Senate Majority Leader, Mitch McConnell, has acted to require that the Food and Drug Administration (FDA) provide temporary guidance regarding its enforcement intentions regarding the sale of CBD or products that include CBD.
McConnell’s request for guidance is viewed as a short-term solution, while the FDA implements its long-term CBD policy.
McConnell’s proposed language is to be included in the Senate appropriations bill. It compels the FDA to advise Congress regarding the agency’s progress in drafting its “enforcement discretion” policy regarding CBD.
While CBD was legalized by last December’s Farm Bill, the FDA has thrown a monkey-wrench into America’s fast-growing CBD industry by taking a position that CBD may not be sold as a nutritional supplement, nor as an additive to food or beverage products.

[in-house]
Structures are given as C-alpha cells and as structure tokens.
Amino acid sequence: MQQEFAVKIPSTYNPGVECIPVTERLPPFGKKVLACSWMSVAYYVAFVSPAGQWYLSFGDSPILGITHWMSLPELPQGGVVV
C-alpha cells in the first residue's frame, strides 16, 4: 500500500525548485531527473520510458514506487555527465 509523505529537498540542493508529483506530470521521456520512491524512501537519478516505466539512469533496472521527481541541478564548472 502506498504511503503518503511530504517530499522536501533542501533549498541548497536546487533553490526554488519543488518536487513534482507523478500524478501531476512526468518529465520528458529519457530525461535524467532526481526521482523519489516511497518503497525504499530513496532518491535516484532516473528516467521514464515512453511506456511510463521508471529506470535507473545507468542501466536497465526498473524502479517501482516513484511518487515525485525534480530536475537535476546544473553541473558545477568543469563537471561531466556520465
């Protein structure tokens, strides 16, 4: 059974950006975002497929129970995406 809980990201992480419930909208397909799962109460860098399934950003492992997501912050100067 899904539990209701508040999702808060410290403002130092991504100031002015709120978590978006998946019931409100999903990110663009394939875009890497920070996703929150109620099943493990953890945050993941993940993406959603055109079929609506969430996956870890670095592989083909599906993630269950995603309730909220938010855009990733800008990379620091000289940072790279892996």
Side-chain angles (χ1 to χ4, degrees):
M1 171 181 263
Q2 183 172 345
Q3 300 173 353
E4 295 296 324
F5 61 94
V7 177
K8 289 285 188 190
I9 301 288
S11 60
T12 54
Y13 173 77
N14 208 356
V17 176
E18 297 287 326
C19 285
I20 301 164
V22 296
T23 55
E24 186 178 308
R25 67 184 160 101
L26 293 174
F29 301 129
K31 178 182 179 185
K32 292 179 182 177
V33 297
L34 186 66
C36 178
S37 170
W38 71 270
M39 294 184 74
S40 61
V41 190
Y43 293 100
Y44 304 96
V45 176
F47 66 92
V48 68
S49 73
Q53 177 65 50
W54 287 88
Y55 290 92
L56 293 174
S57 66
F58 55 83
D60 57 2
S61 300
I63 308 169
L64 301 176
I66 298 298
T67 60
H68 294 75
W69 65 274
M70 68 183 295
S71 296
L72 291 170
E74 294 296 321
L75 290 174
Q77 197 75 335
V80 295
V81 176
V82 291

McConnell, a Kentucky Republican, the senior Republican in Congress has been a passionate advocate of the hemp industry, including CBD.
The FDA’s quandary regarding its CBD policy is complicated due to the agency’s approval last summer of the prescription drug, Epidiolex, which is plant-derived CBD. Epidiolex was approved by the FDA for treatment of seizures associated with two rare and severe forms of epilepsy, Lennox-Gastaut syndrome and Dravet syndrome.
While it is clear that the FDA would prefer that CBD not be available as a nutritional supplement or as a food or beverage additive, political pressure and the significant media coverage regarding CBD makes that an impossibility.
There are precedents for drugs to also be allowed as nutritional supplements and food and beverage additives. These include omega-3 fatty acids, vitamin C (ascorbic acid), and fish oil, all of which are approved as drugs and are also available as nutritional supplements. Omega-3 fatty acids and ascorbic acid are also available as food and beverage additives. We believe that the FDA will be forced to adopt a similar policy for CBD.
I also see the likelihood that the FDA will to limit the quantity of CBD in nutritional supplements, and in food and beverages, but view this as problematic for the agency to implement.